Saturday, September 26, 2009

Songs in praise of God

Christian devotional music composer Peter Cheranelloor has brought out numerous hits in the past two decades. His songs are loved by Malayali Christians all over the world, apart from Hindus and Muslims

By Shevlin Sebastian

One day a man rang up Christian devotional music composer Peter Cheranelloor and said that thanks to a song, ‘Onnu Vilachaal’, he stopped himself from committing suicide.

The man overheard the song which was being played at a neighbour’s house. “I began crying when he told me this,” says Peter. “I realised that I was an instrument of God who saved a soul from being destroyed.”

Peter brought out his first cassette, ‘Ashwasa Vajanagal’ in 1991. It did reasonably well, in terms of sales. But Peter’s biggest and most enduring hit was ‘Israelin Nathan’, which was sung by K.G. Markose and written by Baby John Kalayanthani.

Brought out by Grihalakshmi music company in 1999, it has sold lakhs of copies all over the world. But Peter had signed away his rights for a one-time payment. “I do not feel bad about this, because I did not want to make money out of it,” he says.

Incidentally, Baby wrote the lyrics in ten minutes, in a burst of inspiration. And Peter also took the same amount of time to compose the music. “We are sure we were just instruments of God’s creativity,” he says.

Thereafter, a string of hits came out, including ‘Immanuel’, ‘Daivathe Marunnu kunju’ and ‘Akasham Maarum’.

Today, most of these songs are sung during mass in the Catholic church. “Whenever I hear any of my songs being played in church I just look upwards and thank God,” he says. Apart from composing, Peter performs on stage and in churches and weddings all over Kerala.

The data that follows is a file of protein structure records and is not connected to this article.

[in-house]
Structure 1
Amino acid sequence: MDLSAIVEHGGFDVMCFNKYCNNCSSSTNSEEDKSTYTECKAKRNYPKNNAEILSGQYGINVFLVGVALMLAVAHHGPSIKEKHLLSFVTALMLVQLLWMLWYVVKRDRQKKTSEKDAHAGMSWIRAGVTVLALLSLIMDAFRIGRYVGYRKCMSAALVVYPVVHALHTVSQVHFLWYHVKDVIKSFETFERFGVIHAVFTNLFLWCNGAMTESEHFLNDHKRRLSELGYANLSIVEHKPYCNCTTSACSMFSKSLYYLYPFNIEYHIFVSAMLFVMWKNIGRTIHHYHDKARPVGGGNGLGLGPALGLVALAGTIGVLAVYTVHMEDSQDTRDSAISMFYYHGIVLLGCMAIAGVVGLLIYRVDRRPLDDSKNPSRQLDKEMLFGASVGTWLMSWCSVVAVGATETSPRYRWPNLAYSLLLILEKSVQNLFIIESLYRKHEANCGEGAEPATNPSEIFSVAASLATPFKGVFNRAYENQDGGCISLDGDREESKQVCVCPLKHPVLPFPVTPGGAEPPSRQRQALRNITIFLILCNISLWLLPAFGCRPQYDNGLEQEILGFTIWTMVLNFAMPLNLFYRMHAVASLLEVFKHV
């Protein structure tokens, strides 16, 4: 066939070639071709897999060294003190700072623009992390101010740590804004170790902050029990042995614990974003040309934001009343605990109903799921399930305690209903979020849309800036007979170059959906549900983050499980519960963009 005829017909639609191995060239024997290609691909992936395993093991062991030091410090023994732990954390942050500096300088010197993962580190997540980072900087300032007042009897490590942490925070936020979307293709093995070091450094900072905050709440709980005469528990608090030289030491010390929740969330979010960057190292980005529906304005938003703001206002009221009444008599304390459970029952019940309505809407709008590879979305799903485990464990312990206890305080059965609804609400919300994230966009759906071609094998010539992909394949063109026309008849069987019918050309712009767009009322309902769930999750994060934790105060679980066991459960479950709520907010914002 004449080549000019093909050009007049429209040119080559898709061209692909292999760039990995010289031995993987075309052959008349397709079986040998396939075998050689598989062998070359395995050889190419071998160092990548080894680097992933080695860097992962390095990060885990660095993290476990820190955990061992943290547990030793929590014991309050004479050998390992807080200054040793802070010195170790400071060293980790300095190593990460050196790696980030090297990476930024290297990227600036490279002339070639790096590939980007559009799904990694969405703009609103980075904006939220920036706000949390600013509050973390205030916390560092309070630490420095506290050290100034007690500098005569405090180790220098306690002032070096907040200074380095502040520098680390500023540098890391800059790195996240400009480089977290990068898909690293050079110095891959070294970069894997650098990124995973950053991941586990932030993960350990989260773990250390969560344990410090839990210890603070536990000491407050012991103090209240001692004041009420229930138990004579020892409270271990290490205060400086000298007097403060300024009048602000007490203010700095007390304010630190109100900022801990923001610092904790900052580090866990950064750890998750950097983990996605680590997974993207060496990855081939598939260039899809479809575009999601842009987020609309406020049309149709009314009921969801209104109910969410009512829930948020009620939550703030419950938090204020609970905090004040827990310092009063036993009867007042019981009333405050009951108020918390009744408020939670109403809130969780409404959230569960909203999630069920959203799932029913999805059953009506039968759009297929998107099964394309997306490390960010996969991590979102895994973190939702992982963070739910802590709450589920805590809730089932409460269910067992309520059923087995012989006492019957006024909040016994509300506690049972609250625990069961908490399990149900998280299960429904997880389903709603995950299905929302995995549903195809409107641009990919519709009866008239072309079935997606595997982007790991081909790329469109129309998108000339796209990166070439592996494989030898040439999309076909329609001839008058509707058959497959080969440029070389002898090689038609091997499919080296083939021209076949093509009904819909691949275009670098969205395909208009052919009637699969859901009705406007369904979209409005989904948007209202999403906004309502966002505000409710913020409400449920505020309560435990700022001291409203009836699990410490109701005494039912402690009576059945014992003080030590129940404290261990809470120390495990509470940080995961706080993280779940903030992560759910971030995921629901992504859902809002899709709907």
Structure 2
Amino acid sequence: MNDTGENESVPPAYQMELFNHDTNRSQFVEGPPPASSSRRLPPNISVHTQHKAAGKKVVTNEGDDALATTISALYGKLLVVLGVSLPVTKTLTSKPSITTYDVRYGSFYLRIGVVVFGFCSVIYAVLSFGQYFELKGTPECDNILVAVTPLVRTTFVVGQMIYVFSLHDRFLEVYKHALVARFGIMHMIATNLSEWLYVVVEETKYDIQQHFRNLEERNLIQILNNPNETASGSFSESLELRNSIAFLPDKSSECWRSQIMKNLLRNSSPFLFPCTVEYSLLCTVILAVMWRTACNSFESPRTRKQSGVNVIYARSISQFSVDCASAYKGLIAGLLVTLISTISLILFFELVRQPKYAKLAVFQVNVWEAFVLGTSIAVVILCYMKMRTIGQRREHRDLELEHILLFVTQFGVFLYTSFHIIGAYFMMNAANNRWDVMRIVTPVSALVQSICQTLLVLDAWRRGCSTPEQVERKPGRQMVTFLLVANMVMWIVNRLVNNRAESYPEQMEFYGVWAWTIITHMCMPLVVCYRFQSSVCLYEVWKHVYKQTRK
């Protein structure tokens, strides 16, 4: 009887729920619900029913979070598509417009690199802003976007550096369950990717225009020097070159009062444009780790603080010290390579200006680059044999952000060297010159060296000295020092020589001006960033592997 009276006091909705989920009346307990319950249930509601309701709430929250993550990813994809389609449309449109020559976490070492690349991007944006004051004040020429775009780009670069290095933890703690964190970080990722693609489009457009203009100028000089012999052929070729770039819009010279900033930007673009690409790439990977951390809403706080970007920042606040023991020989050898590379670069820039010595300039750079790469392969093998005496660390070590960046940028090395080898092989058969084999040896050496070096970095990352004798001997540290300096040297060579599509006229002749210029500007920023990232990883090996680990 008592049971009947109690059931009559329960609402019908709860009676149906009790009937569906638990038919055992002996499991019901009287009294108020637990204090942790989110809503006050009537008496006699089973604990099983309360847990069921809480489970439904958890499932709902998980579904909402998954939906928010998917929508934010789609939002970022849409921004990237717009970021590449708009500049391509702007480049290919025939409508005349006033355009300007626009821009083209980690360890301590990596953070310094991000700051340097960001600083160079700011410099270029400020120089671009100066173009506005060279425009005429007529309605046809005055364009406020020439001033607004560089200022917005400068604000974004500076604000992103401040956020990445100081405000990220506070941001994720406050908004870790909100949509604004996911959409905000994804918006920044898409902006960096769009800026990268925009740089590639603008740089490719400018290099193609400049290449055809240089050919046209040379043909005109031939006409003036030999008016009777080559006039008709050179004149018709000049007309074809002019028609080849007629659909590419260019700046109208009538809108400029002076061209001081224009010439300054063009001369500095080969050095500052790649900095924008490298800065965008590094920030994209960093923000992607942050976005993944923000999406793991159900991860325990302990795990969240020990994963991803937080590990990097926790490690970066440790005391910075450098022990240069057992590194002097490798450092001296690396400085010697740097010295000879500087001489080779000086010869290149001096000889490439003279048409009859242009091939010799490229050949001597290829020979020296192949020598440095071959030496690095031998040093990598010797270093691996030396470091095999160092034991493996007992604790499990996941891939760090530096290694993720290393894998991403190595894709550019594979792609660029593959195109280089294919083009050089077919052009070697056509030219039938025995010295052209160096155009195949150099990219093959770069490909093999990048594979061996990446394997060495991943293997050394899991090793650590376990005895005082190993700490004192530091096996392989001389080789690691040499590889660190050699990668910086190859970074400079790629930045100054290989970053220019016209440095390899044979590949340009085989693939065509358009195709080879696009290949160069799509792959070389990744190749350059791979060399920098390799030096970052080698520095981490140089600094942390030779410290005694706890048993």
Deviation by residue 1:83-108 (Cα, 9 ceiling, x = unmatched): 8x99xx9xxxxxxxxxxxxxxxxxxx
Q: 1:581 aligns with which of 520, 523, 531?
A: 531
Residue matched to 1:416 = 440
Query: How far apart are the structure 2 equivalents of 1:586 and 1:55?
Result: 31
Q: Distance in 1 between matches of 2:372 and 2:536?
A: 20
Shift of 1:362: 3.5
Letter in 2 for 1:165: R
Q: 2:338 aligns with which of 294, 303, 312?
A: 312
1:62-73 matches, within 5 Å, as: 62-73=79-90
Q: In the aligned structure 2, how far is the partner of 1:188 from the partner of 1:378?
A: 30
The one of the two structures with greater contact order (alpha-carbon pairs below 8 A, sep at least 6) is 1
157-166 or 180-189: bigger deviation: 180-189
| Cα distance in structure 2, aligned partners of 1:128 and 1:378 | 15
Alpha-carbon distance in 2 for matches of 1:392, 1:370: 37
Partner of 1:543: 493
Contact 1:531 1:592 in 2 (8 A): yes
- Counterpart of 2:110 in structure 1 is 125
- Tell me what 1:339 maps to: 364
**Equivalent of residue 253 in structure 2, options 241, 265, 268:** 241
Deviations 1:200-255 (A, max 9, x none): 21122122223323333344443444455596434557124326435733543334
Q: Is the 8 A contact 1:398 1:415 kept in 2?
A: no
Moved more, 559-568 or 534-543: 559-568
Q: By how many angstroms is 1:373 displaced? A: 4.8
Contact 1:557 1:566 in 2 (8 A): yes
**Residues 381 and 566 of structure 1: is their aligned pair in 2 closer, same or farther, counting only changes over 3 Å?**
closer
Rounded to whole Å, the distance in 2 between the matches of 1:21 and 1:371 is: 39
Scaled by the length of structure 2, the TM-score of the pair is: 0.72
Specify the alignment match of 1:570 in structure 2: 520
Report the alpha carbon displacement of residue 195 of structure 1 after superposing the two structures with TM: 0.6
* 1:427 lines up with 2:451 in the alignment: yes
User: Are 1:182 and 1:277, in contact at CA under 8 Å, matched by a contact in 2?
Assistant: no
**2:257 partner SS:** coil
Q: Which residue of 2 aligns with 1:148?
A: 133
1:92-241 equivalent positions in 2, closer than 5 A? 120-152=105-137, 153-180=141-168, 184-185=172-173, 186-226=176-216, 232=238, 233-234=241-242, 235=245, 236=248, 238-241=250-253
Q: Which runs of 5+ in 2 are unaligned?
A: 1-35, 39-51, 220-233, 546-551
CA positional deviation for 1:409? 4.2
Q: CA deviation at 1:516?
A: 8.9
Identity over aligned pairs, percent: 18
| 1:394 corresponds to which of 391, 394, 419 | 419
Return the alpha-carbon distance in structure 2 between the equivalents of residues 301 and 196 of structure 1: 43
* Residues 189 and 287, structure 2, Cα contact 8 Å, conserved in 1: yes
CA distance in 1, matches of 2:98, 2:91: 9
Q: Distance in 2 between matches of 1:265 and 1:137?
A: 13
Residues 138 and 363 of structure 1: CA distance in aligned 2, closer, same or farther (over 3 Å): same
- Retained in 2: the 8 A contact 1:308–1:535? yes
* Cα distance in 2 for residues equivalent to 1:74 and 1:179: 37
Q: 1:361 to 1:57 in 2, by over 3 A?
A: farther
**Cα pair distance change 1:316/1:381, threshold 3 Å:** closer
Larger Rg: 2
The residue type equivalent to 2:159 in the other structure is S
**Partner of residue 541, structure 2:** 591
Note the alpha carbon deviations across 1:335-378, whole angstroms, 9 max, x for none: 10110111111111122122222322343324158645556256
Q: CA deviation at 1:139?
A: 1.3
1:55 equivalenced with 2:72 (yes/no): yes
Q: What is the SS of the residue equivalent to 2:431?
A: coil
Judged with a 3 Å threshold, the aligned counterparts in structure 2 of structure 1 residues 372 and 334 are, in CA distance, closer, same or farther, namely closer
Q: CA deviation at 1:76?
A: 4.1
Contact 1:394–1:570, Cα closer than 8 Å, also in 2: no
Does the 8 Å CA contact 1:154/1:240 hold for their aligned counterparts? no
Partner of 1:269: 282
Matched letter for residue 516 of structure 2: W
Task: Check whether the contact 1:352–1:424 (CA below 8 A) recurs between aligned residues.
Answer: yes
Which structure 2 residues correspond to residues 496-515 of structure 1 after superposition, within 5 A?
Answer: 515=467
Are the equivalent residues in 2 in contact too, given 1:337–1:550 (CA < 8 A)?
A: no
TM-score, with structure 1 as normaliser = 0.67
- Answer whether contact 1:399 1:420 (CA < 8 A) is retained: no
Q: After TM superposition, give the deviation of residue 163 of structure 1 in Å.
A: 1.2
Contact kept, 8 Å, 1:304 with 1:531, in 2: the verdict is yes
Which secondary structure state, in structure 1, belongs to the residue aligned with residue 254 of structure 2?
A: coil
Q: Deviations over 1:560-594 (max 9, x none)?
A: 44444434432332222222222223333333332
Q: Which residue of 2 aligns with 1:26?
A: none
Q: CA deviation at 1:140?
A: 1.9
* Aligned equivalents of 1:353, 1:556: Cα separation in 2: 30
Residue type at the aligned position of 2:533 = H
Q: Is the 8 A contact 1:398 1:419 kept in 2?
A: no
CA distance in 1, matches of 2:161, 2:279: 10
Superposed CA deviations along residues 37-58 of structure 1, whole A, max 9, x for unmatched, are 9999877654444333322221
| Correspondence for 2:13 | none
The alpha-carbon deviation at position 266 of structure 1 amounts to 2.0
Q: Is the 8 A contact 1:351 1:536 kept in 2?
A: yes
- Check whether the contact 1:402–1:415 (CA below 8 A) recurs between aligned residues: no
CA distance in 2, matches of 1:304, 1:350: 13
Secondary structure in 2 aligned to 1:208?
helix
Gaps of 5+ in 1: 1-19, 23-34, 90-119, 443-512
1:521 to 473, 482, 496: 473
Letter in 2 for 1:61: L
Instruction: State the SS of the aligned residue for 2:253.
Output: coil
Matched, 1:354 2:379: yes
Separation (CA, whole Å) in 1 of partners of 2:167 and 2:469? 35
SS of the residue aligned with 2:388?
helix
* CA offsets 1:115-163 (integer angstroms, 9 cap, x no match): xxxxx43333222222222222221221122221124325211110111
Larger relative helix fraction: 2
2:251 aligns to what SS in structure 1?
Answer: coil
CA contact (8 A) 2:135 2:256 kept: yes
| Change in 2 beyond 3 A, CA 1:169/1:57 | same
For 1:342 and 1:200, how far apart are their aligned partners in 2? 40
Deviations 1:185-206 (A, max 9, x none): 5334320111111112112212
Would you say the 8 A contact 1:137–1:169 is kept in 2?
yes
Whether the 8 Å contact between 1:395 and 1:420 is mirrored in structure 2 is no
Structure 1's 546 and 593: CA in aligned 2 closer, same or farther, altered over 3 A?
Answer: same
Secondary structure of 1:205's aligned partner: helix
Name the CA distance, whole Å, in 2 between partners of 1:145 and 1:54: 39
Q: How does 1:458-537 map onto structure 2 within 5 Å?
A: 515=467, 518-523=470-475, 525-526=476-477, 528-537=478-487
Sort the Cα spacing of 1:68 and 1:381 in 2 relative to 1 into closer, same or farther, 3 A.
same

So what are the themes of the songs? “People are always sinning to get ahead in this world,” says Baby. “We ask them to focus on God. If you gain the whole world and lose your soul, then it is of no use.”

The songs have been sung by the who’s who of Malayalam singing talent. From Yesudas to S. Janaki, M.G. Sreekumar, Unni Menon, Jayachandran, K.G. Markose, Sreenivasan, Biju Narayanan, Madhu Balakrishnan, Benoy Chacko and Kester.

Over the past decade, Peter has brought out 500 songs, in 40 albums, with several songs being hits. Asked to identify the ingredients of a hit song, Peter says, “You need good music and lyrics, the singer should put in a sterling performance, and the orchestra should be the best.”

Apart from this, there should be a well-planned marketing and publicity campaign. “If any one of these points is lacking, the song will not be a hit,” he says.

Lyricist Peter K. Joseph says that Peter’s music is very different from the traditional church sound. “It is fast-paced, stylish and modern,” he says. “Hence it is very attractive to the younger generation. He is also good at melody.”

One of the most gratifying experiences for the composer is how non-Christians have called him up often and complimented him on his music. “Hindus and Muslims enjoy my songs a lot,” says Peter. “This proves that music is universal.”

The man who produces universal music stumbled into the profession accidentally. When he was in his late teens, Peter wanted to join the Army. His father had been an Army man. But he failed. The reason: he had a punctured eardrum. He tried twice more and the result was the same. Peter felt depressed. So he decided to attend a retreat at the Divine Retreat Centre at Muringoor in 1990.

It was there that he realised that his future did not lie with the Army. “I decided to place my destiny at the hands of God,” he says.

During the course of the retreat Peter felt an inner urge to be a singer. He met the director Fr. George Panackal, and told him he wanted to sing at the centre. Fr. Panackal took him to the lead singer, Antony Fernandes who told him he should go to Potta Ashram because there were no singers there.

Thus Peter started singing at Potta. He did this for two years. “I used to sing songs in praise of Jesus Christ and God,” he says. After a while a desire arose in him to become a composer. The astonishing part was that Peter had no formal training in music.

“I would pray to God and suddenly a tune would spring up in my mind,” he says. Then he would contact lyricists who would provide the words. “If God decides that a person like me who has no talent will be endowed with it, then it will happen,” he says.

(The New Indian Express, Kochi)

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